Market Data & Insights:

Origin profile: Costa Rica

At Lincoln & York, we travel the world to find the best quality beans so that our customers can deliver great tasting coffee to the public. Being proud of that supply chain as one of the UK’s leading coffee suppliers, we are determined to source sustainable, high-quality coffee beans from within the coffee belt. 

Costa Rica’s love affair with coffee

As a producer of coffee, Costa Rica has been growing and exporting coffee since the late 1700’s. As with all coffee growing countries, the climate in Costa Rica is an ideal location due to the soil and mountainous ranges. The majority of coffee plantations sit at least 1,200 feet above sea level so the quality of the coffee from the region is well received. 

On the whole, Costa Rica sits at 15th on the list of coffee producers worldwide. Back in the 1990’s the region produced 3,000,000 bags of coffee per year which has been reduced to 1,500,000 bags in the 00’s, meaning production has halved and Costa Rican coffee now only accounts for around 1% of the world’s coffee. 

This has been driven by poor coffee prices coupled with the Costa Rican economy performing better than some other coffee growing counterparts. What is also staggering is that of the 1.5 million bags of coffee that the country produces, 400,000 of these are purchased by Nespresso alone. 

Historically, you’d associate Costa Rica with a large percentage of exports coming from agriculture. However, this only accounts for 5.5% of the country’s GDP with emerging industries such the service sector accounting for a large proportion of exports; due to similar time zones of the US and their excellent use of the English language. Coffee now only accounts for just 2% of Costa Rica’s exports. Coffee is also superseded by Pineapples and Bananas in terms of food exports.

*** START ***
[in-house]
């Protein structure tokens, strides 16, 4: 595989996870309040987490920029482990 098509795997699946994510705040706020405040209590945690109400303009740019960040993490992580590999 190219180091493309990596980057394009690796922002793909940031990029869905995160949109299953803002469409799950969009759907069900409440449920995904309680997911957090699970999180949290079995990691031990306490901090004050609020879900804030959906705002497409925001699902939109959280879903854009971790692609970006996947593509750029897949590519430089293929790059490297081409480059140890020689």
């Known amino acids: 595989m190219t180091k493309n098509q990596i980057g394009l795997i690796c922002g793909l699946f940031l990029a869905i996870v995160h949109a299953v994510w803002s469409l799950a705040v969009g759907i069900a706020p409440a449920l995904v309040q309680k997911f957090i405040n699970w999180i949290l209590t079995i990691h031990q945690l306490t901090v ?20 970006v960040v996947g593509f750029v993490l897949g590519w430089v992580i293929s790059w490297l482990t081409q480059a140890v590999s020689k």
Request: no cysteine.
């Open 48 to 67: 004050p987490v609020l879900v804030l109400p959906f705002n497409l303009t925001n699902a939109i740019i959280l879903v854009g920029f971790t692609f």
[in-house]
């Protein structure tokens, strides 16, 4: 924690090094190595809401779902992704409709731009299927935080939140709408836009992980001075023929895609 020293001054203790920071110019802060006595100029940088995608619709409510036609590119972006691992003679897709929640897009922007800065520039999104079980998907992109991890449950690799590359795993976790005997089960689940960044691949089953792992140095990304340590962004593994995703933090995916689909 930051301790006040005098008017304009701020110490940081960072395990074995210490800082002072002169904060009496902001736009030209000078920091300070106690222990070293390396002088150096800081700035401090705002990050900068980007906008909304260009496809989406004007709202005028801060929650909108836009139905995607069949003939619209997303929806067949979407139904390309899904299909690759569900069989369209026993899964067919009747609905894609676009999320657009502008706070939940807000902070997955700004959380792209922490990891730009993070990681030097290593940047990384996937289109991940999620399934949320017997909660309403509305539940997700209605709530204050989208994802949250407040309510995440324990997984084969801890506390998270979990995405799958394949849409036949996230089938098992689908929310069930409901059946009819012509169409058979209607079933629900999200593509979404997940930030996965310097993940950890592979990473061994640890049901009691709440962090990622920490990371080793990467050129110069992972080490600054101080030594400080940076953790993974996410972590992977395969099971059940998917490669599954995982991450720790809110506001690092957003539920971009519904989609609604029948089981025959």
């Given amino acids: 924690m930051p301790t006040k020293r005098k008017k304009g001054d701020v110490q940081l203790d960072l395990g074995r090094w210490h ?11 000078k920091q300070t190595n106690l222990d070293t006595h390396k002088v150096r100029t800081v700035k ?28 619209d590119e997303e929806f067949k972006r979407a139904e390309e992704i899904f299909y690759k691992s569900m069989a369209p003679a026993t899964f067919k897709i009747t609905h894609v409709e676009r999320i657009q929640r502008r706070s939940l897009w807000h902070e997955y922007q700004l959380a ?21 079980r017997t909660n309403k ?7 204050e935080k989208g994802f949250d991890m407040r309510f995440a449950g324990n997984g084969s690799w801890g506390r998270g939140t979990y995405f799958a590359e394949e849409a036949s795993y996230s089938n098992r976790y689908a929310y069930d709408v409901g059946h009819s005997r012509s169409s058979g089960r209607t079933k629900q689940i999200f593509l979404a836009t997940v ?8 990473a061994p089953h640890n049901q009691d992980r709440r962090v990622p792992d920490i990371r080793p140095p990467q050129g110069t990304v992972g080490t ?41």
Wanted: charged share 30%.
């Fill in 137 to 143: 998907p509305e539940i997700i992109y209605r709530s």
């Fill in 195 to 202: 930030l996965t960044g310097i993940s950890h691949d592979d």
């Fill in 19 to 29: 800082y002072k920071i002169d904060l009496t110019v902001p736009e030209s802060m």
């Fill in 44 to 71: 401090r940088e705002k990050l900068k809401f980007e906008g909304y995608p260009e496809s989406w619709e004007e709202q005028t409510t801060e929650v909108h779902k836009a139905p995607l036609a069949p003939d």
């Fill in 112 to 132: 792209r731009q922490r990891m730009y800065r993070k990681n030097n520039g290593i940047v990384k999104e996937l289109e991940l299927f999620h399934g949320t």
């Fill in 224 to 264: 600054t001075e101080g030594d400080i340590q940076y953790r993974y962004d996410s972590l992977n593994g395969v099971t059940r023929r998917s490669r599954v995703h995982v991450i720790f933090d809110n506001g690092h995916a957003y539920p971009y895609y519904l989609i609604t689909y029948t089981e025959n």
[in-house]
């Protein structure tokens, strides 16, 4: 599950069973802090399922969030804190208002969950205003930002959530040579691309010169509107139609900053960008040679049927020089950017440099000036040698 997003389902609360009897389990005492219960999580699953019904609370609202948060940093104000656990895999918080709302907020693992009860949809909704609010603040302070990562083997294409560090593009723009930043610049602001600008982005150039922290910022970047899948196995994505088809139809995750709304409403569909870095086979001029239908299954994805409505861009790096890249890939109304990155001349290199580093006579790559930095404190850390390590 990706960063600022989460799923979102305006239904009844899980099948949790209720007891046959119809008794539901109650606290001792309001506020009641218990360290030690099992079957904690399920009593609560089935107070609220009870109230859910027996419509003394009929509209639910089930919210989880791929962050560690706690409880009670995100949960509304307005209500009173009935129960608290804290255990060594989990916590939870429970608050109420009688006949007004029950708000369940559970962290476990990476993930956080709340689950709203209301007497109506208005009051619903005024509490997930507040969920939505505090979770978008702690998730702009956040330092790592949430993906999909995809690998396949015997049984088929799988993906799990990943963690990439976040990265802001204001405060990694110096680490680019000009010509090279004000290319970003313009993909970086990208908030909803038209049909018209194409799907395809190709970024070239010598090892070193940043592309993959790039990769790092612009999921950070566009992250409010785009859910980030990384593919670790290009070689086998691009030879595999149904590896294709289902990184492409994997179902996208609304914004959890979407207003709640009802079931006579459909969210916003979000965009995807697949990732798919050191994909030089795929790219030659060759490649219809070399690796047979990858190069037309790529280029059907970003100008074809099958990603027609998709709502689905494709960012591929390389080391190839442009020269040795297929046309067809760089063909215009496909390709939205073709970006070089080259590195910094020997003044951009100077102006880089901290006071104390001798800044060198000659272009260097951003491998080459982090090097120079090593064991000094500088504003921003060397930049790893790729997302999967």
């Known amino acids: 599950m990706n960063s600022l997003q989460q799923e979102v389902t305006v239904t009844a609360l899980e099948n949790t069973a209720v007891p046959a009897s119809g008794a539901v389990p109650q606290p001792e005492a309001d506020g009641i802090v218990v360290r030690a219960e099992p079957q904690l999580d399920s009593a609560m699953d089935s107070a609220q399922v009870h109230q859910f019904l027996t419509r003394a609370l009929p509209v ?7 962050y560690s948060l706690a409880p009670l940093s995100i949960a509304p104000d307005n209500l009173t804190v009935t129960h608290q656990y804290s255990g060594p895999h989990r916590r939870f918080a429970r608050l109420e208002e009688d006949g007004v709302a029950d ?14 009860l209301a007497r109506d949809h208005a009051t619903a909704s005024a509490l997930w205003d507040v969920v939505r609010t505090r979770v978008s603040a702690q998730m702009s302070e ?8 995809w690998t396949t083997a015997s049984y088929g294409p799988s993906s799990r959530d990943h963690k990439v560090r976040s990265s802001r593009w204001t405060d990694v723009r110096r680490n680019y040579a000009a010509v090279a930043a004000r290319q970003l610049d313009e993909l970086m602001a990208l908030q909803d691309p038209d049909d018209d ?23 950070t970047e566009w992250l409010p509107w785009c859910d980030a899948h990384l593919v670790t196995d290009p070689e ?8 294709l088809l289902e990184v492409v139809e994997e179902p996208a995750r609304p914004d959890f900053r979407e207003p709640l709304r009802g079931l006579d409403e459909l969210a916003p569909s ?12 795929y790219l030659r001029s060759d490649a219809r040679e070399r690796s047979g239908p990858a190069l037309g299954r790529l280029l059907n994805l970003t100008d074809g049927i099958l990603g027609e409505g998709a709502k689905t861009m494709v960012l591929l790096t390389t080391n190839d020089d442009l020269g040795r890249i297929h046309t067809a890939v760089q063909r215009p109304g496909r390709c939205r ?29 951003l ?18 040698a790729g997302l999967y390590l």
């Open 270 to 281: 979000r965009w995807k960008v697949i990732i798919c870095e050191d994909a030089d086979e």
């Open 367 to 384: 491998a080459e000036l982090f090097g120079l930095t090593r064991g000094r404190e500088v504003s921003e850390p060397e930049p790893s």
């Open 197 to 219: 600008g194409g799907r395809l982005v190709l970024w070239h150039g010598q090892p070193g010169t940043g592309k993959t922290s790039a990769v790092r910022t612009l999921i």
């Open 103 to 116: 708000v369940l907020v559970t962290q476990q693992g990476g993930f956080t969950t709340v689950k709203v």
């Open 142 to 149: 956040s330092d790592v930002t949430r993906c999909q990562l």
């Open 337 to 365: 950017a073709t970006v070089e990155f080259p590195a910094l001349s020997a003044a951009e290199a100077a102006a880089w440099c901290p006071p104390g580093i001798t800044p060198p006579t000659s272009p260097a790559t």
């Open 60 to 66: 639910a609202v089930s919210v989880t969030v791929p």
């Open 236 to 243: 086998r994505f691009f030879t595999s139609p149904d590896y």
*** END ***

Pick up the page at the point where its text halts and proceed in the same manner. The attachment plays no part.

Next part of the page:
Costa Rican coffee taste

Costa Rican coffee is typically grown 1,200 feet above sea level, meaning this Arabica coffee is full of flavour and is one of the only places in the world where it’s a law to only grow Arabica coffee – they’re serious about their coffee!

Whilst the volcanic soil and high altitude account for the flavour of Costa Rican coffee, the climate also has an impact. Costa Rica tends to have one dry season and one rainy season with temperatures remaining stable – varying about ten degrees throughout the year. High altitudes, heavy rainfall and volcanic ash soil create ideal farmland, thus affecting the aroma, acidity, body and flavour of the coffee the region produces. Harvesting months are often from October through to March. 

Furthermore, the plants or ‘varietals’ themselves have a defining say in how Costa Rican coffee tastes. Some of the varietals from the farms on our trip include the likes of Cattura, Obata & Catuai. Additionally, with 8 different coffee regions to choose from, Costa Rica really is a hotbed of great tasting coffee and why it is often used as a standalone, single origin due to its distinct flavours that are distinguished, and notable for their good body and fruity and bright acidity with a clean and crisp taste.

Costa Rican coffee farms we have visited

Coopelibertad Co-operative

Established in 1961 and part of the Rainforest Alliance, the Coopelibertad offers support to the farms in the shape of financing, knowledge and support of farming practices.